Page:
20140621-120506-43506484.jpg

This book had been on my to-read list since it was listed for The Booker Prize. The copy I had was electronic and just stopped about 20 pages in… And I never got round to replacing it.

Until it cropped up whilst I was browsing on Audible.

This was a perfect book for an audio file: not only is it a first person narrative which is always going to work best on audio, the voice of the narrator is the key to this book. Initially, the infantile voice of the five year old narrator was off putting but that was quickly overcome by the purity and innocence of his narrative voice. That voice was created through the hyper extension of grammatical rules and the omission of articles in sentences (which had the effect of personifying almost every element of his environment, presumably filling the social void caused by his isolation). There were one or two moments when I did question the authenticity of the voice: he discusses minus numbers within the opening chapters which jarred a little. Do five year olds have a concept of negative numbers? Really?

For those who’ve not come across this wonderful novel, the narrator Jack is five years old and it’s his birthday which opens the book. Throughout those five years, he believed the world to be comprised of the 11 foot square cell in which he and his mother had been incarcerated by an abductor. In fact, Jack’s mother had been abducted seven years previously and Jack was the product of the sexual abuse she suffered through that time. The appalling abuse suffered is mediated for us through Jack’s eyes: Donoghue strikes a very sensitive balance between her reader’s need to understand and her narrator’s innocent lack of understanding. We know what the noises Jack hears mean when Jack has no idea.

In the opening chapters, I was not sure in what direction she was taking us. Was this going to be a bleak tale of the destruction of innocence and hope (not unlike the 2014 Carnegie Medal winning The Bunker Diaries)? When Jack and his mother managed to escape perhaps a third of the way through the book I was genuinely elated at their freedom but continued to dread what might be in store for them in the last five hours of recording. I did genuinely pause my listening for a couple of days!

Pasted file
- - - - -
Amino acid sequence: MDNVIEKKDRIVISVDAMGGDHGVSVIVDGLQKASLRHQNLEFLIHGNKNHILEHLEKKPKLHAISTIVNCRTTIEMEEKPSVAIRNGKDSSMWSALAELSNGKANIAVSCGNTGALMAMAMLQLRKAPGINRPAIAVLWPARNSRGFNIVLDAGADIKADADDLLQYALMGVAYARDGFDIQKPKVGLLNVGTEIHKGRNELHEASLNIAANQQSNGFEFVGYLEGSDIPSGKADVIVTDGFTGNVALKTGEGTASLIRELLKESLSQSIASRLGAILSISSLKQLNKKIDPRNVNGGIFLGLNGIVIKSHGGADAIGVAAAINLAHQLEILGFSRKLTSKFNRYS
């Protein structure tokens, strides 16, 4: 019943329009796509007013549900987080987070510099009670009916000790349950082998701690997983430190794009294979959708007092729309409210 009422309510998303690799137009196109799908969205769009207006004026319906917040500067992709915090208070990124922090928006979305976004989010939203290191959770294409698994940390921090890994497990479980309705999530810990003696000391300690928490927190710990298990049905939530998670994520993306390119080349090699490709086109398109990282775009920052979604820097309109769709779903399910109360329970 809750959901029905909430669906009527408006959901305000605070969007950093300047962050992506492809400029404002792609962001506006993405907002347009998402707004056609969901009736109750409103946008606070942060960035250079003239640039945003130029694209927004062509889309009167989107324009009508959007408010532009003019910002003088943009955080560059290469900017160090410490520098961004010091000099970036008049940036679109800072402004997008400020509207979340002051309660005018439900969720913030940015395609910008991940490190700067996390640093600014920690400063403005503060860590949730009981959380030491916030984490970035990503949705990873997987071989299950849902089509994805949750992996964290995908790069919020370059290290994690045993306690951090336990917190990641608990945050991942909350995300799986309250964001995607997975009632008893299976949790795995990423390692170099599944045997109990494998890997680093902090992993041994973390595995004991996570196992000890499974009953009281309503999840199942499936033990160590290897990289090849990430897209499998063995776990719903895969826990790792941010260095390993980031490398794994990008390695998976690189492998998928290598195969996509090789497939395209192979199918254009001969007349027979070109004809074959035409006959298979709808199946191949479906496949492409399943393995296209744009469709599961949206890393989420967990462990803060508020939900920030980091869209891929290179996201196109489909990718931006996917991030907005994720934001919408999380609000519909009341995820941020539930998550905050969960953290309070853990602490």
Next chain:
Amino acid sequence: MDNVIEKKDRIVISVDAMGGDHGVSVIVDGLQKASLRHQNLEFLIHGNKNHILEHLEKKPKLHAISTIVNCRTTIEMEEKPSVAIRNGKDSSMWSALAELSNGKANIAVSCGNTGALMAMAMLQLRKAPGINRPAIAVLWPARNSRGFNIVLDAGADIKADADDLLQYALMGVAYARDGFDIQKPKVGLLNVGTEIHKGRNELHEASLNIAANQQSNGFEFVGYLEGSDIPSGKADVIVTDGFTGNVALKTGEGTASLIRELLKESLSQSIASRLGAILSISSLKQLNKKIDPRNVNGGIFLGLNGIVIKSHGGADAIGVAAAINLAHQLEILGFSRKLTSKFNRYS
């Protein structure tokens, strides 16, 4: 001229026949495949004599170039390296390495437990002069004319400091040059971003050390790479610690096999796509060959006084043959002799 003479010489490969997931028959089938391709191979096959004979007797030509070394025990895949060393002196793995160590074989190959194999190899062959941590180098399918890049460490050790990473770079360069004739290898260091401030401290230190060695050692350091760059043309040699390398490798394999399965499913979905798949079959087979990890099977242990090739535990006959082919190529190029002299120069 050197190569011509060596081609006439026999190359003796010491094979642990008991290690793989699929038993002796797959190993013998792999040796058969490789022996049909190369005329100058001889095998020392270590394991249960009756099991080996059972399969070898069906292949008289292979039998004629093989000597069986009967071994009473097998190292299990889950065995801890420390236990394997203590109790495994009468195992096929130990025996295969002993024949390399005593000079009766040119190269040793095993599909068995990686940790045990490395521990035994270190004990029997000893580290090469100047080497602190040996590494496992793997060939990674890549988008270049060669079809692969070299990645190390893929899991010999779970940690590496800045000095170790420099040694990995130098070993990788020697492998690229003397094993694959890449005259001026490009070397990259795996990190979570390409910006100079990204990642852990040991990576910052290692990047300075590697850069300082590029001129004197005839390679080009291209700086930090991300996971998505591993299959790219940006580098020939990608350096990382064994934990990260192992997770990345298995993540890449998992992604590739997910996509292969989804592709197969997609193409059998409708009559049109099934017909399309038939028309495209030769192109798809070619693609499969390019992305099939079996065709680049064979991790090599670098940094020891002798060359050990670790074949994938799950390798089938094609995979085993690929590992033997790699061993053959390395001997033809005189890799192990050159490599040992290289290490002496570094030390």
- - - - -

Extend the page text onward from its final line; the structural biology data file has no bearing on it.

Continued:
The story, I suppose, progressed in a fairly predictable manner in that the difficulties faced post-escape were just as traumatic as the horrors of the capture. The media. Lawyers. Police. These institutions all play their role in constructing a narrative around the abduction for their own ends. I loved the moments in the book where Jack was watching snippets of the media coverage of his own escape: stories within stories within stories, none of which were narrated with any degree of reliability.

It really is a remarkable book, purely through the voice of Jack. There’s a strength and beauty to the power of humanity to persevere despite the horrors we experience. It is, unlike The Bunker Diaries, a very optimistic and hopeful read.

Advertisements
Comments
  1. […] Room by Emma Donoghue. A powerful and poignant story of a mother and child brought up in the most […]

  2. Another one of my favorites! (This post was in the “related posts” section on the last one I commented on.) I love stories told through unusual perspectives, and Donoghue’s depiction of Jack’s mind was perfect.

Leave a Reply

Fill in your details below or click an icon to log in:

WordPress.com Logo

You are commenting using your WordPress.com account. Log Out / Change )

Twitter picture

You are commenting using your Twitter account. Log Out / Change )

Facebook photo

You are commenting using your Facebook account. Log Out / Change )

Google+ photo

You are commenting using your Google+ account. Log Out / Change )

Connecting to %s